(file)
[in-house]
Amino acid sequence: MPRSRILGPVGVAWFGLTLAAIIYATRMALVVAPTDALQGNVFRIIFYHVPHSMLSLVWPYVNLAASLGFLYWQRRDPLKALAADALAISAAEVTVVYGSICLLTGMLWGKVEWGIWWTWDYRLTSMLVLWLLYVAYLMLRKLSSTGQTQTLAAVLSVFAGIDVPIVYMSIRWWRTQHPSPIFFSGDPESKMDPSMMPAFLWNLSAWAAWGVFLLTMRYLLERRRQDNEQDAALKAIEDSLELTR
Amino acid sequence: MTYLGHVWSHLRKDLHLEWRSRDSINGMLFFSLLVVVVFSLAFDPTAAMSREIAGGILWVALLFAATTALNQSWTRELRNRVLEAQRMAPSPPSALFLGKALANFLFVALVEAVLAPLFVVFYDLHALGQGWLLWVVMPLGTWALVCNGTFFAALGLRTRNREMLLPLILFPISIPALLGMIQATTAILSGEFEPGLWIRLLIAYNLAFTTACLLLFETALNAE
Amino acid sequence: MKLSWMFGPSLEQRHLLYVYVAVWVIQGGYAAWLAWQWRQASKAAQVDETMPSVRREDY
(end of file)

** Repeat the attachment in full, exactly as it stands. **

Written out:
[in-house]
Amino acid sequence: MPRSRILGPVGVAWFGLTLAAIIYATRMALVVAPTDALQGNVFRIIFYHVPHSMLSLVWPYVNLAASLGFLYWQRRDPLKALAADALAISAAEVTVVYGSICLLTGMLWGKVEWGIWWTWDYRLTSMLVLWLLYVAYLMLRKLSSTGQTQTLAAVLSVFAGIDVPIVYMSIRWWRTQHPSPIFFSGDPESKMDPSMMPAFLWNLSAWAAWGVFLLTMRYLLERRRQDNEQDAALKAIEDSLELTR
Amino acid sequence: MTYLGHVWSHLRKDLHLEWRSRDSINGMLFFSLLVVVVFSLAFDPTAAMSREIAGGILWVALLFAATTALNQSWTRELRNRVLEAQRMAPSPPSALFLGKALANFLFVALVEAVLAPLFVVFYDLHALGQGWLLWVVMPLGTWALVCNGTFFAALGLRTRNREMLLPLILFPISIPALLGMIQATTAILSGEFEPGLWIRLLIAYNLAFTTACLLLFETALNAE
Amino acid sequence: MKLSWMFGPSLEQRHLLYVYVAVWVIQGGYAAWLAWQWRQASKAAQVDETMPSVRREDY